J.D. Martinez (Photo by Maddie Meyer/Getty Images)

While the majority of the Red Sox lineup stumbled out of the gate against Orioles pitching over the weekend, J.D. Martinez did not.

Following a 2-for-4 showing in which he crushed his first home run of the season on Sunday, the 33-year-old slugger is now 6-for-12 with that one homer, three doubles, three RBI, and two runs scored to kick off his 2021 campaign.

The homer he hit on Sunday — which traveled 429 feet to dead center field off a 92 mph fastball from Bruce Zimmermann — was the 239th of Martinez’s career.

For Martinez, who would surely like to put a dismal 2020 season (seven homers, .680 OPS in 54 games) behind him, what he did over the weekend was a great place to start.

“He’s such a workaholic,” Cora said of the three-time All-Star. “In spring training, we saw him swinging and swinging and swinging, chasing pitches. All of the sudden, boom. The strike zone gets smaller, he gets pitches he can handle and he’s driving the ball. That was a good pitch down in the zone and he put a good swing on it It’s good to see him start off this way.”

So for how miserable of an opening series the Red Sox had, there were still some bright spots that indicate that this team may be better than the slow start they have gotten off to would show.

Coming off a three-game sweep at the hands of the Orioles, though, things do no get any easier for the Sox with the reigning American League champion Tampa Bay Rays coming into town for another three-game set that begins on Monday night.

If Boston wants to show that they can compete and play winning baseball at Fenway Park, they will need to turn things around quickly or otherwise risk falling out of contention much sooner than anticipated.

“We know where we’re at. It wasn’t a good weekend,” Cora said on Sunday. “But at the end of the day, it’s only three games. We have a chance to come tomorrow and do it again. We have to be better. Like I said, we have stuff to work on. I still feel the same way about the team five days ago than right now. We have a good team, but we still have to work, and work for our stuff.

“We just got to be ready,” he added. “And the goal whether it’s Baltimore, Tampa, or Seattle, it doesn’t matter. You try to win the series. So tomorrow is a new series. We got a chance to win it and we’ll go at it.”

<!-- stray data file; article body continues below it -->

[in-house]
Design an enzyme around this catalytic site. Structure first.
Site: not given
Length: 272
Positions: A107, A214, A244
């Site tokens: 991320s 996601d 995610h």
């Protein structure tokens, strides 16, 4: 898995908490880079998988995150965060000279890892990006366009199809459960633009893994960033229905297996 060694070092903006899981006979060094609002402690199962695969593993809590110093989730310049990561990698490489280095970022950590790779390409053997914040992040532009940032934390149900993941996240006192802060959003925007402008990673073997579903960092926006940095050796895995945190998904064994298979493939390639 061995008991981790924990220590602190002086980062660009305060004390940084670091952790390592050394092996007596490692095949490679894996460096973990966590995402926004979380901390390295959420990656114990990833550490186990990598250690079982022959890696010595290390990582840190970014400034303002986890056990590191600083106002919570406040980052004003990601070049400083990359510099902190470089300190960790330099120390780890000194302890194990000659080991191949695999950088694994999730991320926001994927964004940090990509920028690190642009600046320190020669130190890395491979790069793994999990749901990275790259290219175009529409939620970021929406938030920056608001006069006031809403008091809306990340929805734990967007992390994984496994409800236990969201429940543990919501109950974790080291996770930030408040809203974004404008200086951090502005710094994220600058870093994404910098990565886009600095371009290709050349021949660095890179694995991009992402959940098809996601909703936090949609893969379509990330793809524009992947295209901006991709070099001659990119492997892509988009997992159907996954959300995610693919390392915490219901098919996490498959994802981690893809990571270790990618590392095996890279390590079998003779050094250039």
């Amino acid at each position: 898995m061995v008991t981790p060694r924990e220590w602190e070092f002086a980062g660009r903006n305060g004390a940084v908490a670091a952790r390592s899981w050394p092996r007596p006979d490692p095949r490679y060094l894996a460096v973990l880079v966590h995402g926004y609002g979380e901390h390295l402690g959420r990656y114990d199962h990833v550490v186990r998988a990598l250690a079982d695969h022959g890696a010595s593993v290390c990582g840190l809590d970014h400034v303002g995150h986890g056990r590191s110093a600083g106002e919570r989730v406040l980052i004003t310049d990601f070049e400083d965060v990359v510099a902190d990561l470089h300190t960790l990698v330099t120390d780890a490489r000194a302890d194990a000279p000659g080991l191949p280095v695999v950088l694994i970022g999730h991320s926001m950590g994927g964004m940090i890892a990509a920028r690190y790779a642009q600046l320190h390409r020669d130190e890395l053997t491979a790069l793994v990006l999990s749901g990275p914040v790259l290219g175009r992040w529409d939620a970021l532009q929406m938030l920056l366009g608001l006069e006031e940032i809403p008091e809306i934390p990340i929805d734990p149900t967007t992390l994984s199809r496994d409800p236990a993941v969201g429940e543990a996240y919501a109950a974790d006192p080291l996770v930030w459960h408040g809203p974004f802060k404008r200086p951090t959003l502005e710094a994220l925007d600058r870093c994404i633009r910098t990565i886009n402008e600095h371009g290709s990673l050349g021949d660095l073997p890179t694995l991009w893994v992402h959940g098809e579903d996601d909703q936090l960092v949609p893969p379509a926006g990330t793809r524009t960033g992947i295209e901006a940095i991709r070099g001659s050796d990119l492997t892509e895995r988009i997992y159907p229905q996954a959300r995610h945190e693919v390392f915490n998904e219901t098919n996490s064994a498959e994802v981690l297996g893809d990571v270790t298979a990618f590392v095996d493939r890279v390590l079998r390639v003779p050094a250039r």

(Picture of Tanner Houck: Maddie Meyer/Getty Images)

Astros release veteran reliever Steve Cishek; Could Red Sox be in play for Falmouth native’s services now that he is back on the open market?

The Astros have released reliever Steve Cishek after the veteran reliever requested to be cut loose by the club on Thursday, according to The Athletic’s Jake Kaplan.

Cishek, 34, originally signed a minor-league deal with Houston last month and had until this week to opt out of his contract if he wasn’t going to be added to the Astros’ 40-man roster.

Per Kaplan, the Falmouth, Mass. native was going to make $2.25 million if he made the Astros’ Opening Day roster out of spring training, which is a price the club wasn’t willing to pay given how close they are to the $210 million luxury tax threshold.

Coming off a 2020 campaign with the White Sox in which he struggled to the tune of a 5.40 ERA and 5.64 FIP over 22 relief appearances and 20 innings of work before being released in late September, Cishek had been looking better this spring.

Through his first seven outings with the Astros, the 6-foot-5, 215 pounder yielded three earned runs — all of which came on home runs — on seven hits and two walks to go along with 12 strikeouts over 7 2/3 innings pitched in Grapefruit League play.

Known for his sidearm delivery, Cishek has racked up 132 total saves over the course of an 11-year big-league career between the Marlins, Cardinals, Mariners, Rays, Cubs, and White Sox. He was originally selected by Miami in the fifth round of the 2007 amateur draft out of Carson-Newman University in Jefferson, Tenn.

Because of his local connections, Cishek always seemed like someone who would pitch for the Red Sox at some point before calling it a career.

MassLive.com’s Chris Cotillo tweeted earlier Thursday that he would “expect the Red Sox to be involved with some relievers who are opting out of deals this week.”

Boston has their own bullpen competition going on at the moment between the likes of Austin Brice, Phillips Valdez, Colten Brewer, and Kevin McCarthy, but it would not be too surprising to see Chaim Bloom and Co. bring in a more established reliever based off the names that have been made available these past few days.

Bloom does after all have a history with Cishek going back to when the Rays acquired the righy reliever from the Mariners in a July 2017 trade.

(Picture of Steve Cishek: Doug Murray/Icon Sportswire via Getty Images)